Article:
News Releases & Statements
Statement of American Beverage Association Regarding Soft Drink Consumption Study in Circulation
FOR IMMEDIATE RELEASE
JULY 23, 2007
STATEMENT OF AMERICAN BEVERAGE ASSOCIATION REGARDING SOFT DRINK CONSUMPTION STUDY IN CIRCULATION
In response to “Soft Drink Consumption and Risk of Developing Cardiometabolic Risk Factors and the Metabolic Syndrome in Middle-Aged Adults in the Community,” a study published in Circulation: Journal of the American Heart Association, Susan K. Neely, president and chief executive officer of the American Beverage Association (ABA), said:
“This study doesn’t prove any link between soft drinks and increased risk of heart disease. Its assertions defy the existing body of scientific evidence, as well as common sense. Even the researchers acknowledge that their study can’t support a link.
The assertions being made could apply to any caloric product – if you over consume any food or beverage with calories, there are health consequences. There is no scientific evidence to single out soft drinks as unique in this equation, and even this study doesn’t support such an assertion.
Further, it is scientifically implausible to suggest that diet soft drinks – a beverage that is 99 percent water – cause weight gain or elevated blood pressure.
All this study does is to again underscore the need for moderation in our diets — a better balance between calories consumed and calories burned. After all, we know that the key to living a healthy and balanced lifestyle lies in consuming a variety of foods and beverages in moderation along with getting regular exercise.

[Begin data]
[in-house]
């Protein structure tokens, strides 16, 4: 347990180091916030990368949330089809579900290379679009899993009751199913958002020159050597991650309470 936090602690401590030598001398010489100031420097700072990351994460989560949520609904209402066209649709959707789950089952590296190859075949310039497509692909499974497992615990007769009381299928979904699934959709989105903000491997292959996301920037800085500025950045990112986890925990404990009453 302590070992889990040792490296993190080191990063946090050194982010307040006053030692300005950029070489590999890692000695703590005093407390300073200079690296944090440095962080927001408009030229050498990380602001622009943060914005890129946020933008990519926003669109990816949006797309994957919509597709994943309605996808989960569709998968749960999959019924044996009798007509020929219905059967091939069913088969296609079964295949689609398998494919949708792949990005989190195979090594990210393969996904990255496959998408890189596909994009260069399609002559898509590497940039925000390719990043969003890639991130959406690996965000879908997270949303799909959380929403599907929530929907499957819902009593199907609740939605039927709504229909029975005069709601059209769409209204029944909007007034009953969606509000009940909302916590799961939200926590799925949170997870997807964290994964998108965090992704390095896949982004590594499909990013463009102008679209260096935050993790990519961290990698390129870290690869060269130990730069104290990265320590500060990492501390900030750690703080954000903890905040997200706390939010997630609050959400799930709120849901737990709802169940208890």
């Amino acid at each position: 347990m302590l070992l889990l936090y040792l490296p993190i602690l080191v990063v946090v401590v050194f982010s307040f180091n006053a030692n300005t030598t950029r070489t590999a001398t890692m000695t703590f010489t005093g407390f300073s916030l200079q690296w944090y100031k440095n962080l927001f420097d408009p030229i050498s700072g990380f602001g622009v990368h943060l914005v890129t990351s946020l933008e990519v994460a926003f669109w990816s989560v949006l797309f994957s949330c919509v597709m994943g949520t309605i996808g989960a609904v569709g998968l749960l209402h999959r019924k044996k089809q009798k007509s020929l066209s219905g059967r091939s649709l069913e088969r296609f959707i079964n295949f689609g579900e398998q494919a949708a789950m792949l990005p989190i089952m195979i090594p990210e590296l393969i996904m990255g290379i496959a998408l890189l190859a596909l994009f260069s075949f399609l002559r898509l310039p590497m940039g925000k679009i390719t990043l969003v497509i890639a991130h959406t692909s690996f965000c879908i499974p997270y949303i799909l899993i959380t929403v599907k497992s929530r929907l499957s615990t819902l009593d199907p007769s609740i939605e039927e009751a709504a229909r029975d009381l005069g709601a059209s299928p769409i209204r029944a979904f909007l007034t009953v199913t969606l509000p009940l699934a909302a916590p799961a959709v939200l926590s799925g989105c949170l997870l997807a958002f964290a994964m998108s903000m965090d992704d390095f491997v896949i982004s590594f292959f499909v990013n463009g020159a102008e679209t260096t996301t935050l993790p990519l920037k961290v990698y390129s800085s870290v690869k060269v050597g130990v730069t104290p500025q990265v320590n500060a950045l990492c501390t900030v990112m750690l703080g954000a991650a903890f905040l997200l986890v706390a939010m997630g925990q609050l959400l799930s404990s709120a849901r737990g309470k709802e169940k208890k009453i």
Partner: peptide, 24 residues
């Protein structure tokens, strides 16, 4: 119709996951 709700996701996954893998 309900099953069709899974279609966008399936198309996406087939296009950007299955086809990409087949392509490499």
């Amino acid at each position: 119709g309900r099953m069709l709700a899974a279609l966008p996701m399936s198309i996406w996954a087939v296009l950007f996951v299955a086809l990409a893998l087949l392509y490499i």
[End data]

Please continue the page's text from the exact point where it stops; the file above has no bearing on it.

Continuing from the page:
All of our industry's beverages – including regular or diet soft drinks - can be part of a healthy way of life when consumed in moderation and as part of a balanced lifestyle. Our industry certainly supports the pursuit of balanced lifestyles with the growing development of beverage options beyond the traditional full-calorie offerings to include bottled water, flavored waters, enhanced waters, diet beverages, teas, sports drinks, low-calorie and mid-calorie juice drinks.
The beverage industry is an active partner in efforts to educate the public about making good choices regarding diet and exercise. And we welcome studies and initiatives that improve public awareness of the need for moderation in their diets and more activity in their lifestyle.”
The American Beverage Association is the trade association representing the broad spectrum of companies that manufacture and distribute non-alcoholic beverages in the United States.